22 Oct Talent Optimization
One of the hardest—and most frustrating—aspects of being a leader can be seeing where your company currently is and where you know it can be. Watching teams achieve under their potential is nothing short of heartbreaking for the invested leader and, at times, can be demoralizing.
In order to fix the problem, you may need to consider “talent optimization.” Today, that’s exactly what we’ll be looking at so you can get your team working as effectively as you know they can.
What is talent optimization?
Talent optimization, according to the Predictive Index, “is a four-part discipline that details what’s required for aligning your business strategy and your talent strategy so you can achieve your desired business results. At the core of talent optimization is the collection, analysis, and application of people data.”
In other words, knowing how to put the right people into the right role to get better results.
How to enact talent optimization?
Doing some basic research on the topic, you’ll notice that many authors have their own “unique spin” on talent optimization. Again, the Predictive Index, for example, talks about four disciplines needed to master talent optimization (diagnose, design, hire, and inspire) whereas HRO Today adds a further layer with their “Five steps to accelerate talent management with talent optimization.”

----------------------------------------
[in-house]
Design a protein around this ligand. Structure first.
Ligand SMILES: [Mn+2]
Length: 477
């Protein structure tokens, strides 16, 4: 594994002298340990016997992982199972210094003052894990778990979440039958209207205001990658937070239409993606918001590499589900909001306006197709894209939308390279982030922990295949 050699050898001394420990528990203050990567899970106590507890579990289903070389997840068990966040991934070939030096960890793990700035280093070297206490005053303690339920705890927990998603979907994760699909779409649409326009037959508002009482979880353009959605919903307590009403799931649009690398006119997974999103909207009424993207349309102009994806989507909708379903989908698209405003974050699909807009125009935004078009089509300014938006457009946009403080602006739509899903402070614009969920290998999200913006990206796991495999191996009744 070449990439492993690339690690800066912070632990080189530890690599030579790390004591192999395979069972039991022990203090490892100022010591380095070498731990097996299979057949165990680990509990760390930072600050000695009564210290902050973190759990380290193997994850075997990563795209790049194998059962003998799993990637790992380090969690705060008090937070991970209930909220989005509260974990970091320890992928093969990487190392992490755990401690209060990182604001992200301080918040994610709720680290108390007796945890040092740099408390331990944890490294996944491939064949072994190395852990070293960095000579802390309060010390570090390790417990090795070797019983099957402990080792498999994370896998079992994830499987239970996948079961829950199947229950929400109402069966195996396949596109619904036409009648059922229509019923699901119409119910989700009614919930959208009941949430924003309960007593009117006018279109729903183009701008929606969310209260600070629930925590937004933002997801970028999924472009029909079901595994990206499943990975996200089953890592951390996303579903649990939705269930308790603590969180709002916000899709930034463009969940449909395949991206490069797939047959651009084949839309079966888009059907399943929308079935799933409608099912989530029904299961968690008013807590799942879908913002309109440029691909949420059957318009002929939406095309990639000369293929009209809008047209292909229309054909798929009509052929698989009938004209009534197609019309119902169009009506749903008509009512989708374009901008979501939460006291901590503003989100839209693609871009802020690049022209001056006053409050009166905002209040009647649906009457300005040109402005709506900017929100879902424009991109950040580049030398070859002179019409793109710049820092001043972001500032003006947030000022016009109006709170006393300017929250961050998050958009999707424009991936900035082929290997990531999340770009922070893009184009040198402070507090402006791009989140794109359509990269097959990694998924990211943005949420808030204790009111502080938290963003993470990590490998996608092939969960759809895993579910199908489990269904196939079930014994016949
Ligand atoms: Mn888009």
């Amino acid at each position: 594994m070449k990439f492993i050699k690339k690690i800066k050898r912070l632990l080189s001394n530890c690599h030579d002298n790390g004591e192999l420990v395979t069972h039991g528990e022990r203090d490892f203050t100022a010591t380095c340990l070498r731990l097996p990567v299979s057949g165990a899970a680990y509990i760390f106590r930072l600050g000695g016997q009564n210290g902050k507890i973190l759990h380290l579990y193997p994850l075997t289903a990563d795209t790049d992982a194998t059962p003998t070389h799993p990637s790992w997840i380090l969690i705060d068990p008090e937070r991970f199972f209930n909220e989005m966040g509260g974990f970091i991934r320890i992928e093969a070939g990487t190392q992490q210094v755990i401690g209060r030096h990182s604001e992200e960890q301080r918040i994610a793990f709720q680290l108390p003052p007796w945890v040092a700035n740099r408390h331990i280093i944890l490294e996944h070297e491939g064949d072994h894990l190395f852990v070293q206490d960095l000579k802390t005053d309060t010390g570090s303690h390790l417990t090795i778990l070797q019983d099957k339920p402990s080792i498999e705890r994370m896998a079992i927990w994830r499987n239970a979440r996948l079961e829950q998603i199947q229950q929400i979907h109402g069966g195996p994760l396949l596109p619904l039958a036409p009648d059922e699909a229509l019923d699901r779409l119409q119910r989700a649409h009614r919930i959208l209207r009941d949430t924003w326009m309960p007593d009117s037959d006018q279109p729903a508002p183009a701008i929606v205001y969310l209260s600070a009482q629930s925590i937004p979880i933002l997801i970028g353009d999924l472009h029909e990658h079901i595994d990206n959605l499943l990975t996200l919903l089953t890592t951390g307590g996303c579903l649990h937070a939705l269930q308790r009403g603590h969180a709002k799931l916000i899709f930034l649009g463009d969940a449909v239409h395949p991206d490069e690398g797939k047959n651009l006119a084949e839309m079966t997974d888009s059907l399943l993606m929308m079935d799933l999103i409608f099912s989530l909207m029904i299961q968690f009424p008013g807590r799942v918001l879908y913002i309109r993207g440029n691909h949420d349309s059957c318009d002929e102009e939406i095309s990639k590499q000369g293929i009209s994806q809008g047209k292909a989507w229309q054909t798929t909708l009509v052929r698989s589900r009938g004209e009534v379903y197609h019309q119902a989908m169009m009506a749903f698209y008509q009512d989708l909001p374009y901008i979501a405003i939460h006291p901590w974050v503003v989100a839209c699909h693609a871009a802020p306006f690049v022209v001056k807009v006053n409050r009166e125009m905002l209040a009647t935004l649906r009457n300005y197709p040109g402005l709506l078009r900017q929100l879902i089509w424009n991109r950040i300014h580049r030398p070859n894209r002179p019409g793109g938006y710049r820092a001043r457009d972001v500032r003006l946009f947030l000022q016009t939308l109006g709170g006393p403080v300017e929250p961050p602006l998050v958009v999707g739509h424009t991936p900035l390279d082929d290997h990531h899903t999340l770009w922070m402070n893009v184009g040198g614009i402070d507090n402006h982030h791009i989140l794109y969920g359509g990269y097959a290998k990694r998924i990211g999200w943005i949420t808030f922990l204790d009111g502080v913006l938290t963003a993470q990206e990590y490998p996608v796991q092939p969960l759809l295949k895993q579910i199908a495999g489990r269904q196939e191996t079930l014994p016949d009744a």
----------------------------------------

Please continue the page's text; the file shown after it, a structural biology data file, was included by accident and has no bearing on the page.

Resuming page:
While each perspective that you’ll read sounds a little bit different, the most reliable authority (not to mention the most simplified) comes from the Predictive Index. Here are the four skills needed to get the most out of talent optimization.
1) Diagnose: Using “people data” (or “employee data”), leaders can learn how the team is falling short and what is needed to correct their course. This can include attracting the right talent to your team to fill any gaps in skills.
2) Design: When it comes to people, no plan can be set in motion and dismissed. Unfortunately, talent optimization takes constant analyzation (and re-analyzation) to make sure you are continuously getting the best results possible from your team.
3) Hire: Once you’ve diagnosed the problem and designed the solution, you now need to pull the trigger and hire the right people for the job. But it doesn’t stop there. You’ll also need to retain the best employees for the job by making sure they are feeling fulfilled and satisfied in their role. You can do that with step four…
4) Inspire: Relying on “people data,” a good leader will learn what inspires their team and implement a rewards system that motivates each individual to the maximum extent.